According to industry analyst Art Spinella, president of CNW Research, fully 85 percent of Americans with a car loan have negative equity. Other studies show that these loan holders, on average, owe $4,400 more than their cars are worth. Millions of Americans didn't get upside down on their car loans without a lot of help. Enter the great scourge of the American consumer market: the car dealer. Car dealers have been out in force in recent days lobbying Congress and holding rallies at dealerships around the country to generate support for the rescue plan. As a result, there's been a fair amount of sepia-toned media coverage about the desperate plight of the poor, local car dealer, that pillar of the community who supplies softball teams with T-shirts. And it's true. These folks are now threatened right along with the Detroit assembly-line workers. The National Association of Auto Dealers predicts that 900 dealerships will fail over the next year.
Lost in all the news coverage is the fact that many car dealers played a central role in creating the current mess. As franchisees of the manufacturers, car dealers don't make much money actually selling cars. The markups are pretty slim, and in recent years, Detroit has squeezed their dealerships for more and more profits. In the old days, car dealers would come up with creative ways to compensate for the small margins, such as rolling back odometers to sell cars for more than they were worth. But after Congress cracked down on the practice, dealers (and manufacturers, too) found a better way to pump up their bottom lines: selling financing.
Back in 2003, Forbes magazine observed that GM was better described as a bank that happens to make cars than as an automaker. At the time, as much as 90 percent of the company's profits came from its lending arm (which also had a mortgage branch), not from car sales. For the past decade, much of Detroit's output has been little more than a vehicle for selling credit, and the dealers have done the dirty work for them the way local mortgage brokers generated large volumes of questionable loans for big banks and finance firms.
Here's how it works: When a customer comes into a dealership to buy a car, he already knows how much the car should cost (thanks to the Internet), but he usually relies on the dealership to arrange the financing, often because they advertise lower rates than banks. That's when the scam starts. Many car dealers routinely load up car loans with all sorts of expensive but useless add-ons. These include such things as "theft etch," when a dealer will spend $37 to etch the VIN number of the car onto the windshield, tout it as an "antitheft measure," and charge the customer upward of $2,000 for it. Unbeknownst to most car buyers, dealers also routinely—and legally—bump up the interest rate offered by the bank or finance company in exchange for kickbacks from the lenders, which are often the manufacturers themselves. And in many cases, dealers encourage customers to trade in a car that isn't worth the amount of their current loan by offering to roll the old loan into the new one, thus inflating the principal and making the loan more lucrative for the lender. That's how people can end up owing $40,000 on a Ford Focus. This only works because auto lenders now stretch out the terms to six or seven years to make the payments affordable, a practice that virtually ensures that many cars won't last as long as the loan. (In the 1980s, by contrast, Spinella says the average car loan lasted only three years and required a 20 percent down payment, which limited the kind of negative equity problem seen today.)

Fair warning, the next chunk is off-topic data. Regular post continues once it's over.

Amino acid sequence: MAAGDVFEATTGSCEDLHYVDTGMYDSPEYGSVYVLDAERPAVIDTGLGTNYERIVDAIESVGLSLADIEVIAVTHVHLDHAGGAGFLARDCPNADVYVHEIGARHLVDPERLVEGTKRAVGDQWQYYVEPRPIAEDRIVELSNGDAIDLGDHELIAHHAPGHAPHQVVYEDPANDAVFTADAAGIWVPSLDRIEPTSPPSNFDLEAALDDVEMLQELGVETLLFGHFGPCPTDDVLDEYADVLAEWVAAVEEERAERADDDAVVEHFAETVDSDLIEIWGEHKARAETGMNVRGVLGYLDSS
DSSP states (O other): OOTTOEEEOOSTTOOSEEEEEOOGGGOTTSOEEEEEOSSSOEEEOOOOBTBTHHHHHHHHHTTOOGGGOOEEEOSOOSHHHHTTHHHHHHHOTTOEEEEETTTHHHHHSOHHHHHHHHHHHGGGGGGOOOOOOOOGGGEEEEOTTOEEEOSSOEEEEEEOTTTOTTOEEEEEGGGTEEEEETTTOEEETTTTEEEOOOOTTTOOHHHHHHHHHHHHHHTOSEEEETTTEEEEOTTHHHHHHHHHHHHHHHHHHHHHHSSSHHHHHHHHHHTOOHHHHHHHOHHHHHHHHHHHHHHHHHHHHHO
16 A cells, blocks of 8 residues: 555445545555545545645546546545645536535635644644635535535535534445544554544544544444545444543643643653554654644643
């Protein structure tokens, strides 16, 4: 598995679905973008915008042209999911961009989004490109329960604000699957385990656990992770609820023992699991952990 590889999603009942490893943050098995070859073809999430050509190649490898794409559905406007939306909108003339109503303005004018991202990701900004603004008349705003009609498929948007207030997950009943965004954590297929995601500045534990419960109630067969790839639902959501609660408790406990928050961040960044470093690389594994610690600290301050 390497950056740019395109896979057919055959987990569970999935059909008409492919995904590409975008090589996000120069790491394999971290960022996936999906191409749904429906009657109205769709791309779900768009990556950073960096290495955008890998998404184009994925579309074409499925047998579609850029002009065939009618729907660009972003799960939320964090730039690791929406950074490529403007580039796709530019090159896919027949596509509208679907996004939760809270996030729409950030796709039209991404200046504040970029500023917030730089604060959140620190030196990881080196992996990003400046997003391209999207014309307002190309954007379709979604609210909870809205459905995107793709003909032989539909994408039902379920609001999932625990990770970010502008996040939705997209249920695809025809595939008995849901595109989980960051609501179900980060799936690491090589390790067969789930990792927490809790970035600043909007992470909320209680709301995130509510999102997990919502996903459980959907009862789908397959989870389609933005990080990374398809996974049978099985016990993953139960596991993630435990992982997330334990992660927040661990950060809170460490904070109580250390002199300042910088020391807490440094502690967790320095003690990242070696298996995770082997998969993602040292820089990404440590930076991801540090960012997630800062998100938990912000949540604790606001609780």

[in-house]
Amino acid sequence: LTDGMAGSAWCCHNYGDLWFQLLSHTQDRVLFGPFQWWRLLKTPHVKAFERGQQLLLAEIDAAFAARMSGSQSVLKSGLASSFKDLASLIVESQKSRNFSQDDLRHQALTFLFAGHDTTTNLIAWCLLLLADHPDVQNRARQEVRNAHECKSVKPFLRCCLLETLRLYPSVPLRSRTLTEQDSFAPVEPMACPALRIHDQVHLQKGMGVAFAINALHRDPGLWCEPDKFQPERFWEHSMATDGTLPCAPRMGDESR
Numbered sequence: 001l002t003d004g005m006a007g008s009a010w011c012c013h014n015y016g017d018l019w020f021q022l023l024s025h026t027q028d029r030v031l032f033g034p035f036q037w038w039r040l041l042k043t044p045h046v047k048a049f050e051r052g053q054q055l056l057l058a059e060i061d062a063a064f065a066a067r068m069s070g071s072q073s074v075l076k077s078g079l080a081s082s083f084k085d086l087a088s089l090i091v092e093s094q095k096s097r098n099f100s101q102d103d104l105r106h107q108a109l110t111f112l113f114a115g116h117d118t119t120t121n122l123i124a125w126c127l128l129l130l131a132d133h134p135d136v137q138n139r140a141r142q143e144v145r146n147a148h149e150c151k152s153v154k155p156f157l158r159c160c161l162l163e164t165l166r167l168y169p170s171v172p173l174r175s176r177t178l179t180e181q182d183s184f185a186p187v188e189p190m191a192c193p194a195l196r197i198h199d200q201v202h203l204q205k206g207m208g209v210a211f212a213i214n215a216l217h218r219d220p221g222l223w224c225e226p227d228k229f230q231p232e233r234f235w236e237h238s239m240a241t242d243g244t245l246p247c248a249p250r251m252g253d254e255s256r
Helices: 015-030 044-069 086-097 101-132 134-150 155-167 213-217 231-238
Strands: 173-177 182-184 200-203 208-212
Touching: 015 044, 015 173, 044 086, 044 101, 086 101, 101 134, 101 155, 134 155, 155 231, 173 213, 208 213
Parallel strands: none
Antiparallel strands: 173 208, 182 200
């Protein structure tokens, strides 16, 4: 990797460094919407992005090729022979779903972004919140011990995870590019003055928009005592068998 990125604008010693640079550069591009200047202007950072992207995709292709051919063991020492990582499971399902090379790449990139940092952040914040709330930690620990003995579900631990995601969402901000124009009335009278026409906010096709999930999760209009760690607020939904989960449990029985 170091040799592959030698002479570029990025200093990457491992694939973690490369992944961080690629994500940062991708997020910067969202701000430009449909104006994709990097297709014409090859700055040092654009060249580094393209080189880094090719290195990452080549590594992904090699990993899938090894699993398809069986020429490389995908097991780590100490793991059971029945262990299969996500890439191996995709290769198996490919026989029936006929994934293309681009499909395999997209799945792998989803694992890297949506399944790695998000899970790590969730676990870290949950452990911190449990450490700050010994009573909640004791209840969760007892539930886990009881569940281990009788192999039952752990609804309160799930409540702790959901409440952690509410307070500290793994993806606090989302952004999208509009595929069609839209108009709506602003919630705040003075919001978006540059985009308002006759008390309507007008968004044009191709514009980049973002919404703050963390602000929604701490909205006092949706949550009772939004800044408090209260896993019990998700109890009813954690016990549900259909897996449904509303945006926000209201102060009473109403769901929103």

These are not aberrant practices. They are endemic to the industry. Earlier this month, the FBI raided two California dealerships accused of defrauding a local credit union by falsifying loan documents. And in September, Bill Heard, the country's biggest Chevy dealership group, a $2.1 billion operation with dozens of outlets all across the South, shut down after GMAC cut off its financing stream. The state of Georgia had sued the company, alleging that Heard dealerships had lied to lenders about their customers' income on loan applications, forged signatures on loan agreements, and packed car loans with all the usual junk. The state's consumer affairs office had been investigating the company since 2003, and had sued it before over deceptive advertising practices. Consumer watchdogs suspect that Heard's legal trouble lies at the root of GMAC's decision to stop funding the dealerships.
Loan fraud is so widespread in the auto industry that even dealerships owned by a US congressman have been accused of engaging in it. Before coming to Congress, Rep. Vern Buchanan (R-Fla.) was one of the biggest car dealers in his state. (He has recently started selling off some of his dealerships.) This summer, he was hit with multiple lawsuits filed by former employees alleging that his dealerships routinely engaged in auto fraud, including submitting fraudulent loan applications to lenders.